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Final Report Summary - TRANSSEC (Transnational Security Law)

In the course of globalization transnational security threats have diversified, gone global and in some instances reached macro-economic proportions, undermining governance and development in conflict-ridden areas and threatening global security. As a result, in recent years various transnational organized crime phenomena have become recognized as newly emerging security threats that require international responses. Apart from large-scale counter-terrorism operations across the globe, counter-drug operations in Afghanistan, EU Operation Atalanta and the fight against piracy in the Gulf of Aden as well as the confiscation of small arms in the Democratic Republic of the Congo are all exemplary of this trend. In addition, cyber space has opened up an entirely new domain where criminal and other disruptive activities are on the increase and where law enforcement is facing new challenges. In 2012, the United Nations Security Council, for the first time in its history, qualified traditional organized crime phenomena such as piracy, drug- and weapons-trafficking as "serious threat to international peace and stability", thereby paving the way for future transnational law enforcement operations on the basis of the UN-Charter. This has led to a growing number of transnational law enforcement operations and policing activities more general. Yet in spite of a rapidly growing corpus of international (state) practice, such forms of global policing remain poorly understood and insufficiently regulated; often to the detriment of affected communities and the long-term success of sustainable crime/threat reduction. Indeed, global policing and transnational law enforcement operations are in many ways still a novelty from the perspective of public international law.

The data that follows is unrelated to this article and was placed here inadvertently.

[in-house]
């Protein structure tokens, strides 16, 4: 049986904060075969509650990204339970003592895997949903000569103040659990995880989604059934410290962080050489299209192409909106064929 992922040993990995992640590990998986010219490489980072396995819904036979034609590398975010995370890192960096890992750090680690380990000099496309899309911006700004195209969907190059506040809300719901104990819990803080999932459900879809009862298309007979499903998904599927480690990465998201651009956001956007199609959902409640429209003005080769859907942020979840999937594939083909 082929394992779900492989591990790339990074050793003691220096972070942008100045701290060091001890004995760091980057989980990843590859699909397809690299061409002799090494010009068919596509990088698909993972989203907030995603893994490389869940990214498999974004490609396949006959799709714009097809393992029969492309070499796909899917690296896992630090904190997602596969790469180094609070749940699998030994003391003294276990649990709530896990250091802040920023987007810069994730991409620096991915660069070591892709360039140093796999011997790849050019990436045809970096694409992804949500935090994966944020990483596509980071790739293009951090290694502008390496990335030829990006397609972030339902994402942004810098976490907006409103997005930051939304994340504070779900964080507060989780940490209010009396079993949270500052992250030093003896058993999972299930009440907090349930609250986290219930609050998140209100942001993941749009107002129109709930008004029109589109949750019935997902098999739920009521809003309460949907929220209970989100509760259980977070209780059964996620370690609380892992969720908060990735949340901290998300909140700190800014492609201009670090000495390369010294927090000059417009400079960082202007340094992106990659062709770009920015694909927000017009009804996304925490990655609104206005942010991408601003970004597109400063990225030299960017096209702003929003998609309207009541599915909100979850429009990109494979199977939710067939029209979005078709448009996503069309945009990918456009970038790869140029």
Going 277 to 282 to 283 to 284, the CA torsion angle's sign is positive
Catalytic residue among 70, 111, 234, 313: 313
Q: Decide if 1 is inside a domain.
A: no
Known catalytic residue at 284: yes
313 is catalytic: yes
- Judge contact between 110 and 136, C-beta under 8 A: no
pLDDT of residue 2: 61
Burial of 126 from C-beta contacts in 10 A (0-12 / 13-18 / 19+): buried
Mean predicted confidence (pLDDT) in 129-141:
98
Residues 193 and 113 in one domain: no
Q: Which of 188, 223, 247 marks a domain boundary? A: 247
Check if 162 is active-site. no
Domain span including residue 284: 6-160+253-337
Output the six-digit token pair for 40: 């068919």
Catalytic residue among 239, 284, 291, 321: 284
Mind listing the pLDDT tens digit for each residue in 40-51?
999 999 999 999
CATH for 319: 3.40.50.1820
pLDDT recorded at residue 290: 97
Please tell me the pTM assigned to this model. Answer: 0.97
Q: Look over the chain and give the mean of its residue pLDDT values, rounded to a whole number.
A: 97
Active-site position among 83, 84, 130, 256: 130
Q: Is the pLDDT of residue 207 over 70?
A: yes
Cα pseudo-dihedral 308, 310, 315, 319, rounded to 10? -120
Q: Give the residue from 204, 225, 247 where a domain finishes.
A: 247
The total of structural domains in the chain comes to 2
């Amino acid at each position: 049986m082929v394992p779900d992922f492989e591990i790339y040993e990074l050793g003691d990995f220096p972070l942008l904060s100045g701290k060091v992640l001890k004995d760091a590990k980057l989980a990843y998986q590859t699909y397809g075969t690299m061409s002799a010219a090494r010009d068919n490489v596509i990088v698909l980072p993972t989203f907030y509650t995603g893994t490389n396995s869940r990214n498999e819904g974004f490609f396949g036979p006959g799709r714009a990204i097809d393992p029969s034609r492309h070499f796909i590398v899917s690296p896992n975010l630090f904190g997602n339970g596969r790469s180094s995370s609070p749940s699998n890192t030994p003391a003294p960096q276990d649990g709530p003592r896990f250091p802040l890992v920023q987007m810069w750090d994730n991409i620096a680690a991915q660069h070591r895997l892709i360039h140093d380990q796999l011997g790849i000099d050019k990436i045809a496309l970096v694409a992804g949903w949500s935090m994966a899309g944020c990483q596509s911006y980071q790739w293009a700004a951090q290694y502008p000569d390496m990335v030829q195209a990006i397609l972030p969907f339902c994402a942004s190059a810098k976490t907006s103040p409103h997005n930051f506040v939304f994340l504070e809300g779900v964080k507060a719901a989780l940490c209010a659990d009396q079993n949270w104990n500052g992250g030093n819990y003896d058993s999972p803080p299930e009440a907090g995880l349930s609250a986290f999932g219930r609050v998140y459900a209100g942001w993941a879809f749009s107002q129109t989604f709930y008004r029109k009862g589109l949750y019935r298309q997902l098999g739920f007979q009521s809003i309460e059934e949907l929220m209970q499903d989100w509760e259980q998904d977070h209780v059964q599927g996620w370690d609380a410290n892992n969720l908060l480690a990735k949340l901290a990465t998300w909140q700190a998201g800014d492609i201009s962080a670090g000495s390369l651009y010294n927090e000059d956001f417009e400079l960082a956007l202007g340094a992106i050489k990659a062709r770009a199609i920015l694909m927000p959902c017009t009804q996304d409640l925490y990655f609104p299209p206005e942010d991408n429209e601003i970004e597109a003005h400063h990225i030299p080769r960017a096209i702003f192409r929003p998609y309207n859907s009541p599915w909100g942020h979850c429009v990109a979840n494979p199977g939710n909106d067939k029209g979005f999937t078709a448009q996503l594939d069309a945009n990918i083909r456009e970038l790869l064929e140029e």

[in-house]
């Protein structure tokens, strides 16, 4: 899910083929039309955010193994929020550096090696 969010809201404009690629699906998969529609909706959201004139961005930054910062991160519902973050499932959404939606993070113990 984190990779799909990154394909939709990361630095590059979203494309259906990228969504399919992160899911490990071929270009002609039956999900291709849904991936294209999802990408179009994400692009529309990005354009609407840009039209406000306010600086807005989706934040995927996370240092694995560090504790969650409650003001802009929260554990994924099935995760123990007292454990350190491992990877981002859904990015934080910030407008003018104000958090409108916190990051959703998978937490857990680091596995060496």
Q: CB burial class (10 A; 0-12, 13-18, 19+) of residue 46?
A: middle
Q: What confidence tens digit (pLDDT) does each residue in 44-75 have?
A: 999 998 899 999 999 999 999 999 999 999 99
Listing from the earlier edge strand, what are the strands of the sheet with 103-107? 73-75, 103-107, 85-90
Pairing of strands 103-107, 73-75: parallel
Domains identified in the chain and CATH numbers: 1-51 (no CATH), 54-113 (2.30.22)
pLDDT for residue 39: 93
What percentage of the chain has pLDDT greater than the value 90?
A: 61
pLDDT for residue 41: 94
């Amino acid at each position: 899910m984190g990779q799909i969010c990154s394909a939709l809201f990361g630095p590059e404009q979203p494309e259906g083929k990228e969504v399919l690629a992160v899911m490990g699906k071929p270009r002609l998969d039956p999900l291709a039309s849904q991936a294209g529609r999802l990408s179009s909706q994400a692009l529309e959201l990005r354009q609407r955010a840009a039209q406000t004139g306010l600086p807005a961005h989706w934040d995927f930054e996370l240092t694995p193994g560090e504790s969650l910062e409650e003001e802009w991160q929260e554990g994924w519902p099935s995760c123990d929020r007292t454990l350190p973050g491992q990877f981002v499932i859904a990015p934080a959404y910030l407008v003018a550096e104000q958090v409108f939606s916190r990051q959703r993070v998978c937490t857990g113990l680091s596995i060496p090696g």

Against this backdrop, the research project aimed to assess how the international legal framework is adapting to a changing reality and to develop and sketch out the contours of the newly emerging discipline of "Transnational Security Law", i.e. the principles and body of rules applicable to transnational threat management, cross-border policing and transnational law enforcement operations.

During the reporting period 2014-2015, the different legal bases from which enforcement powers and relevant legal constraints for transnational law enforcement operations are derived were explored. The research results acquired were published in two peer-reviewed book chapters and presented at various international conferences such as the annual meeting of the American Society of International Law in Washington (2014, 2015), the Whitney R. Harris World Law Institute at the Washington University in St. Louis, Missouri (2015) and the Institute for Human Rights, China University of Political Science and Law, Beijing (2015). Preliminary findings and assumptions underlying the project were further discussed and tested at an international experts workshop in 2014 the outcomes of which will be published in a co-edited volume to be published by Oxford University Press (forthcoming 2018/19, under contract with OUP).